Based in New York, the United Nations (UN) is an international organization that works to improve relations between countries. In 1945, 51 countries came together after World War II to form the UN. These countries included China, the United Kingdom, the United States, and the USSR, now known as Russia.
The UN has since come to include 193 of the 200 independent states in the world. Governments who are a part of the UN, send representatives to discuss and attempt to solve global problems. Each UN member country has one general vote in the UN’s General Assembly.
The UN aims to promote health, education, trade, and cultural understanding through two sections of the Economic and Social Justice Council (ESC). Meeting every fall for three months, the first of these bodies—the General Assembly approves UN work, debates important issues, and decides how to spend money. This council can also hold a special session during an emergency. The other branch of the UN, the Security Council, is made up of 15 member countries who can send peace-keeping forces to any country and condemn threatening actions of countries around the globe.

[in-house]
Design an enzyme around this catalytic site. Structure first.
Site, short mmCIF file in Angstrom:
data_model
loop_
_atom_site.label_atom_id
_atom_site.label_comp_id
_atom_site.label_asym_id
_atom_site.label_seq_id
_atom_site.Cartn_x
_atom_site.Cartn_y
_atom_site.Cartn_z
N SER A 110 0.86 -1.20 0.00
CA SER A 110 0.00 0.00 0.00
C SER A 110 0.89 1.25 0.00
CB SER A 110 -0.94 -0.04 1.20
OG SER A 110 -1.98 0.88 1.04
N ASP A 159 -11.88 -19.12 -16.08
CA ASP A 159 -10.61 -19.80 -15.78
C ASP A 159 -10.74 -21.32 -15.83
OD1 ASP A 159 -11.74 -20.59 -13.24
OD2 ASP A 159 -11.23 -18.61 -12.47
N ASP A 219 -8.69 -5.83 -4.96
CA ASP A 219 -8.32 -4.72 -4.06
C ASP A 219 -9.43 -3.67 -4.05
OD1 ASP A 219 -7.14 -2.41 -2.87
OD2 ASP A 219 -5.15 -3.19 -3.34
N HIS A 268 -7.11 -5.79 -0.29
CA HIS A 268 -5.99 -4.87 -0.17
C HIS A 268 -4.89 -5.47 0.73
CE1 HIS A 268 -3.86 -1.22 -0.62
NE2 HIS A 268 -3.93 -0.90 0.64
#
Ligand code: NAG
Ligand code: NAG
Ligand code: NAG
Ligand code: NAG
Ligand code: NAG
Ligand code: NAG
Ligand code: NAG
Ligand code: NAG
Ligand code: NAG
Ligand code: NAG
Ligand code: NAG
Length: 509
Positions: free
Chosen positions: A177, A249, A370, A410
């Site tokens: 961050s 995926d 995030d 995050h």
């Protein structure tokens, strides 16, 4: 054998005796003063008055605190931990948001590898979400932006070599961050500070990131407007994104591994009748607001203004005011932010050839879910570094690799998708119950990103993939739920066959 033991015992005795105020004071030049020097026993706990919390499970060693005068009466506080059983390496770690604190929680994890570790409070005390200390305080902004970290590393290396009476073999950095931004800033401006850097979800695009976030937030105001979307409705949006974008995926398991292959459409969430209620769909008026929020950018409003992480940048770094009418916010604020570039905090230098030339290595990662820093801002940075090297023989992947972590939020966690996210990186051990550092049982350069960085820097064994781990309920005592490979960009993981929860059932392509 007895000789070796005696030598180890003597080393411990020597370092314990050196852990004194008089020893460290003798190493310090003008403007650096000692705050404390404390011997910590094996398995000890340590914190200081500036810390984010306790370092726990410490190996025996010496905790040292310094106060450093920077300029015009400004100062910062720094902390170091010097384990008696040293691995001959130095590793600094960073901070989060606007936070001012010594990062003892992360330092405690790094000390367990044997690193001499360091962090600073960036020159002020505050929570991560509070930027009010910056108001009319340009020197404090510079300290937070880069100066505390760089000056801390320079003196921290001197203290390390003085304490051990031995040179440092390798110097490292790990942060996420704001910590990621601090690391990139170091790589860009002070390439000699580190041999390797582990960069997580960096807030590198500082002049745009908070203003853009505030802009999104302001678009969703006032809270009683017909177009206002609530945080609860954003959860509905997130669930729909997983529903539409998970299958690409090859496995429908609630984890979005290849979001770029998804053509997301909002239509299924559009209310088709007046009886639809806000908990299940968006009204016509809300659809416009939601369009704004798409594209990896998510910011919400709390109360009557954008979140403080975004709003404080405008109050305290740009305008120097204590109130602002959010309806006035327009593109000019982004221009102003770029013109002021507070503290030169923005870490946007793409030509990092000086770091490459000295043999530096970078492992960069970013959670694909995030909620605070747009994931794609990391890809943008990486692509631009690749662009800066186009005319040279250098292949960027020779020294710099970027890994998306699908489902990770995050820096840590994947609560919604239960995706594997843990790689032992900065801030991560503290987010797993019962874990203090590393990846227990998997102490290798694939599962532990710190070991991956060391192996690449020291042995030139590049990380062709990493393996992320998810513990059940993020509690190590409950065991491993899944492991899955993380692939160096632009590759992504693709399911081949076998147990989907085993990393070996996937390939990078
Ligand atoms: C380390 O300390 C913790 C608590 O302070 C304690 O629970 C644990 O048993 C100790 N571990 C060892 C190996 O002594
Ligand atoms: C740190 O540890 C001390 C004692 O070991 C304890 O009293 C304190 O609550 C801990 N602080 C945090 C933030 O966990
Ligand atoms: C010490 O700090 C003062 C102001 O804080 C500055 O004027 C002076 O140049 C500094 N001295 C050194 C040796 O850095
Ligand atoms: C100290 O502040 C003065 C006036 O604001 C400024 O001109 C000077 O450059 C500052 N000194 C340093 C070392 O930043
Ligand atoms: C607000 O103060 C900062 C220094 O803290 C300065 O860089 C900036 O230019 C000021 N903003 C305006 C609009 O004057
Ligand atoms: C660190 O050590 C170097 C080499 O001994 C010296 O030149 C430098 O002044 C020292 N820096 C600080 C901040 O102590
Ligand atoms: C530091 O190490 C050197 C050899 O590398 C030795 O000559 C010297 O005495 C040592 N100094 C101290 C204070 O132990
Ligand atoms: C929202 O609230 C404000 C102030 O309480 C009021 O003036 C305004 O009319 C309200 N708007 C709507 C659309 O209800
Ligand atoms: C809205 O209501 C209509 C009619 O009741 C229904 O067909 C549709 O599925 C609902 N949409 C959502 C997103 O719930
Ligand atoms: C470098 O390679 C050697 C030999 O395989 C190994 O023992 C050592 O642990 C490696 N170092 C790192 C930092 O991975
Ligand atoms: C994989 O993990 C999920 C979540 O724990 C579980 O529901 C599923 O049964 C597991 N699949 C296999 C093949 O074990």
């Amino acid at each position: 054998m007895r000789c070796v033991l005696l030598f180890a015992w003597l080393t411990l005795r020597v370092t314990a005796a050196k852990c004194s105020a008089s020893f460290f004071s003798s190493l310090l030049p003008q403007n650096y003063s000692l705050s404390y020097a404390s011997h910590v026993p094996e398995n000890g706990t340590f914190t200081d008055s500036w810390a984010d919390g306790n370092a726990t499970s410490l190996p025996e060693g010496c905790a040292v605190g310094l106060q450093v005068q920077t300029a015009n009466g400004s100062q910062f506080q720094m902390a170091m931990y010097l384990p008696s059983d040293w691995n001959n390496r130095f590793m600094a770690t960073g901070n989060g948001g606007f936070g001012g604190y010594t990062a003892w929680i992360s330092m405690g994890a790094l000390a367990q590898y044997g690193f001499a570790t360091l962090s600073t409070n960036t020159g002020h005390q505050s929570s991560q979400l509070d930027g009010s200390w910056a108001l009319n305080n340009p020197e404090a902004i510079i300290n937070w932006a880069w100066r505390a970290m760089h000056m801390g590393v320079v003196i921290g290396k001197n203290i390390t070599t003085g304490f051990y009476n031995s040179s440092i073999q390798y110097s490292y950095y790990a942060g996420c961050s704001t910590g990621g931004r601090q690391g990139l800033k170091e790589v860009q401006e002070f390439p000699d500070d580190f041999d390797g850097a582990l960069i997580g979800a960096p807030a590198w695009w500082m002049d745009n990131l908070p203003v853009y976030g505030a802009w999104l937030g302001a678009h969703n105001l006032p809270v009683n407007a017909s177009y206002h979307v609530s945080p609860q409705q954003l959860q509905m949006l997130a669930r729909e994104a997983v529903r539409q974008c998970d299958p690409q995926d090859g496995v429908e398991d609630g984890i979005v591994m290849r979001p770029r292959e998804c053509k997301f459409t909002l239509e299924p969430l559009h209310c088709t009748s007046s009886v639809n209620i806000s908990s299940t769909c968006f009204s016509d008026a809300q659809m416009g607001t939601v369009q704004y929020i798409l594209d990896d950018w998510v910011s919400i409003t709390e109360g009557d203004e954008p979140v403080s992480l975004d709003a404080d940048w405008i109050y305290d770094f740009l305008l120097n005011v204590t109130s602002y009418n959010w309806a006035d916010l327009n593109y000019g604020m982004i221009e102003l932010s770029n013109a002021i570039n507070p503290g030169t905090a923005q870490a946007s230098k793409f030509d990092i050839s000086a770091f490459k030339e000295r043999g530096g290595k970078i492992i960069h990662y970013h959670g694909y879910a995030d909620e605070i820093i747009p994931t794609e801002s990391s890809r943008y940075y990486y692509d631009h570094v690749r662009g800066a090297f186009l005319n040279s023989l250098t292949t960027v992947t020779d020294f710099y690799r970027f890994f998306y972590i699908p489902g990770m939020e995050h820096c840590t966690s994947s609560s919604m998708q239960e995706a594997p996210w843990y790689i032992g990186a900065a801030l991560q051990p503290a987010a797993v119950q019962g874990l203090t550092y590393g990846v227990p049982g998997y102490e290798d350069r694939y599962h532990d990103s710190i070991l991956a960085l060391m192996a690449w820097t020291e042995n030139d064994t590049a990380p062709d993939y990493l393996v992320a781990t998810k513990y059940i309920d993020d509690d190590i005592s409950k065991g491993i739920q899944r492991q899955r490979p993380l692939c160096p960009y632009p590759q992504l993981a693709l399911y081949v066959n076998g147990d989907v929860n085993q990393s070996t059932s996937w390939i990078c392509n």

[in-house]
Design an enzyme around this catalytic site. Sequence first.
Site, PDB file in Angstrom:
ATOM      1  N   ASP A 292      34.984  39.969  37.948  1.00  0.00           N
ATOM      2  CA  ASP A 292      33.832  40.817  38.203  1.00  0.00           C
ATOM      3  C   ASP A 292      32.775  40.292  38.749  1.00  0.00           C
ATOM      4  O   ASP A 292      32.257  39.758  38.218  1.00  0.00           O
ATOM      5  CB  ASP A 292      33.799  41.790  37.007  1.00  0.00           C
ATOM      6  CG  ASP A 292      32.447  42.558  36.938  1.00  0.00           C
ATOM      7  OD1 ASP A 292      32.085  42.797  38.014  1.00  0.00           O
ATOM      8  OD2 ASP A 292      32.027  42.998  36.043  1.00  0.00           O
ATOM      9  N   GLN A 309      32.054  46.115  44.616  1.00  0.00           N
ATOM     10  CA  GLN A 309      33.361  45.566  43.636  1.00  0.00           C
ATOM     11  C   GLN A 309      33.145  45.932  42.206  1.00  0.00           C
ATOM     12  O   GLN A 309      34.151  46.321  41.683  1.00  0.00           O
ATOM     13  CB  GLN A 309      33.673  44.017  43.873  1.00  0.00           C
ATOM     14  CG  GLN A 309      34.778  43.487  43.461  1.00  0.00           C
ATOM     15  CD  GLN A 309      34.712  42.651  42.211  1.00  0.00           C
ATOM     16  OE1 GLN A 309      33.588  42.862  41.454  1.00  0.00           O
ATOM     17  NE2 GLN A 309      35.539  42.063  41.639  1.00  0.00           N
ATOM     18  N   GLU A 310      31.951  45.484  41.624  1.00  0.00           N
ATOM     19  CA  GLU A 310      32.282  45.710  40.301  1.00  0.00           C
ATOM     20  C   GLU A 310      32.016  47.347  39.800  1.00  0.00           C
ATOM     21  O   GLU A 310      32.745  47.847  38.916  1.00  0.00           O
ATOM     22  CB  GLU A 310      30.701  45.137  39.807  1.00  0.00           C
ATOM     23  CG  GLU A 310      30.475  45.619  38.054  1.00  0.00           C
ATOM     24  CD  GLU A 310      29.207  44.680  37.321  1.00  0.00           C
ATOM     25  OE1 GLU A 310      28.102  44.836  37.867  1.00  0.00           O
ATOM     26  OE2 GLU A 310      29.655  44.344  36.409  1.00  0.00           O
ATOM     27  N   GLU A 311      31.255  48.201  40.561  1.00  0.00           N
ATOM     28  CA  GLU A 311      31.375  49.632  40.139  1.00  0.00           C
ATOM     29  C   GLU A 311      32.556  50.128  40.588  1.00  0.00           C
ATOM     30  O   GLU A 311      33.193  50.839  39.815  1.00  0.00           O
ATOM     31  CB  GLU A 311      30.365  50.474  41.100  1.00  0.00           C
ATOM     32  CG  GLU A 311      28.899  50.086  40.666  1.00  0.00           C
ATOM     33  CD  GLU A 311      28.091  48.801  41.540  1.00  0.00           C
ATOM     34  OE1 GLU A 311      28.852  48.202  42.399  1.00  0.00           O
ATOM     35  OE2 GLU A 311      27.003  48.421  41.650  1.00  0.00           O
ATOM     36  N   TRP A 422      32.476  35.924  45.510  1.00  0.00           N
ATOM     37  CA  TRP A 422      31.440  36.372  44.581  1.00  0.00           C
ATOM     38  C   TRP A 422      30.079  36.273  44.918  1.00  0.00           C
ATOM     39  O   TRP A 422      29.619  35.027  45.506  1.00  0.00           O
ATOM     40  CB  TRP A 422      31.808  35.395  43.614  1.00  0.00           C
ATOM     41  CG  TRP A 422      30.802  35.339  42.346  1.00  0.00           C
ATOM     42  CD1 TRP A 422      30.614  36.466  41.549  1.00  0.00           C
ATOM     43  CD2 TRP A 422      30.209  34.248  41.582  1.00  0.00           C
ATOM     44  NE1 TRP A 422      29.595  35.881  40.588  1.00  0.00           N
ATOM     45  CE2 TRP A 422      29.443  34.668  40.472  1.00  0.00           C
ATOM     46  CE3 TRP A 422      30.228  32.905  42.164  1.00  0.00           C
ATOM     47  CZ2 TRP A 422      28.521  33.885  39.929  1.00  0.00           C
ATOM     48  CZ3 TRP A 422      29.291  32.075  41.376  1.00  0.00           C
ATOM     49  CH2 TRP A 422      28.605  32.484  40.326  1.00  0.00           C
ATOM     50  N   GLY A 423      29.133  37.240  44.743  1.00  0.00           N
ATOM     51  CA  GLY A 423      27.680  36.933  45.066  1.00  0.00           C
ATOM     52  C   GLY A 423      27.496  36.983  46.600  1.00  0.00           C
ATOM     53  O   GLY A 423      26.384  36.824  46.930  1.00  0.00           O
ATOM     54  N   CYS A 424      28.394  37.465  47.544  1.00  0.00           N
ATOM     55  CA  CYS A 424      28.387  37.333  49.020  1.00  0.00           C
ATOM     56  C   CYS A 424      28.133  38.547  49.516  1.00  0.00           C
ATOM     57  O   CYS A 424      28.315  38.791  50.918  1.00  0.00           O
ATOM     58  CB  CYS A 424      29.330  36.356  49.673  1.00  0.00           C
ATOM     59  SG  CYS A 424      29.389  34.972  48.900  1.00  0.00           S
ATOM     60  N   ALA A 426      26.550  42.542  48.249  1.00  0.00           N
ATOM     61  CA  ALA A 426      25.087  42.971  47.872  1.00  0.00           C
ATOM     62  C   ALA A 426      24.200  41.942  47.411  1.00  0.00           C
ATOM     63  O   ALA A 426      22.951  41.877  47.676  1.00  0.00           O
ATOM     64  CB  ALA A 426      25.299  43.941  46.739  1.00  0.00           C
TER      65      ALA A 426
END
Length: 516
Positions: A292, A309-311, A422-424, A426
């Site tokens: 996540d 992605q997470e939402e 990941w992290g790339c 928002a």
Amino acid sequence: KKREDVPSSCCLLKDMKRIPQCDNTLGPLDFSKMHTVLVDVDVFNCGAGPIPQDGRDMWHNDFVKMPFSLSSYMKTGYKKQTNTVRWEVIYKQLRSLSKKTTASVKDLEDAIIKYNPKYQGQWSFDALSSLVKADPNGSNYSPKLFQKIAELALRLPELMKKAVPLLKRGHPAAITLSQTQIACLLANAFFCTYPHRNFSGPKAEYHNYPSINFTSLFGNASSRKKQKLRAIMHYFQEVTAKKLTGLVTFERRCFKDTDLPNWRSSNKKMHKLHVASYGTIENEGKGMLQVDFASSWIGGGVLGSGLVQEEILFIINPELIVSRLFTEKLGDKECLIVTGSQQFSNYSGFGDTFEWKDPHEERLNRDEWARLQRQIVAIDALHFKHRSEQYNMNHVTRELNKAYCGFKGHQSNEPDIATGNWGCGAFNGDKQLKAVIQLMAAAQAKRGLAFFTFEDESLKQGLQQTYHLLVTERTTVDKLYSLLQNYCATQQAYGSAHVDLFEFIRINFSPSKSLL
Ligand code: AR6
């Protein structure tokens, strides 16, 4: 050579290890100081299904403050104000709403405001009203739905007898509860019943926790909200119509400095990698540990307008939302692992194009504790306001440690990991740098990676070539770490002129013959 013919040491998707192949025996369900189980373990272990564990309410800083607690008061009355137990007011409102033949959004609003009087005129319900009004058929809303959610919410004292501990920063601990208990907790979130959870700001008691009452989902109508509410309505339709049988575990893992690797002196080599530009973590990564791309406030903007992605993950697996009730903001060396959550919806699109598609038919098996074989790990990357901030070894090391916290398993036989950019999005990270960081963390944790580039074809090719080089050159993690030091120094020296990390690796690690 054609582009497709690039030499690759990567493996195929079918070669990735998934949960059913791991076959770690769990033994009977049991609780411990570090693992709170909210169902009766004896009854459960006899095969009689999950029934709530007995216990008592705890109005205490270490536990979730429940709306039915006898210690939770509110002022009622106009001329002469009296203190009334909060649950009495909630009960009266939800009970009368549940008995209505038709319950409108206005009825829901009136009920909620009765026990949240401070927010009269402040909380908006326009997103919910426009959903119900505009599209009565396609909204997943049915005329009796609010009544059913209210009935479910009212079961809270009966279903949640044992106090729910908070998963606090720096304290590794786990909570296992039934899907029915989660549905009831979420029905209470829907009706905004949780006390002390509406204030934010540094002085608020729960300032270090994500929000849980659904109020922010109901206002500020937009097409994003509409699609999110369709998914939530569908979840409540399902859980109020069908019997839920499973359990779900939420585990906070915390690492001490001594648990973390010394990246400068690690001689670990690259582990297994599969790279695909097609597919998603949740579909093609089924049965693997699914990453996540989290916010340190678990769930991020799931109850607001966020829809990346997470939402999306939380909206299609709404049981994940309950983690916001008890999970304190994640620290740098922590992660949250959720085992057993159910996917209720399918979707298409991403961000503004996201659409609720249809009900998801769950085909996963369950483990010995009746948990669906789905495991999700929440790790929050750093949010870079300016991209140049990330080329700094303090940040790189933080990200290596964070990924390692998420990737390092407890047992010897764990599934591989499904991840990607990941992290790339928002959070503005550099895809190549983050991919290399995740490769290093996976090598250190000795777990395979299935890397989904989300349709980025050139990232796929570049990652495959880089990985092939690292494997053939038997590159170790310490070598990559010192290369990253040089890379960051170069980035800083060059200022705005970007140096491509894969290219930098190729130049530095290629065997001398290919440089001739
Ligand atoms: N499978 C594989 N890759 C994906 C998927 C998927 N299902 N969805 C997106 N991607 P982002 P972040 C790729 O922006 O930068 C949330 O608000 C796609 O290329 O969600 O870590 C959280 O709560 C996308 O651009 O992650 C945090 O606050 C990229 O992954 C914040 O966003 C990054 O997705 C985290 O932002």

While the UN has very noble goals and ideas, it does not always achieve its goals. In the 1990s, for example, the UN tried to stop civil wars in Rwanda and Bosnia, but failed. Additionally, in 2003, the Security Council argued against military action in Iraq. A group of nations led by the U.S. went to war with Iraq anyway.
Even though the UN has problems, it still helps many people by sending forces to restore peace around the world and by sending aid to those in need.
[Source: The Kingfisher Children's Encyclopedia]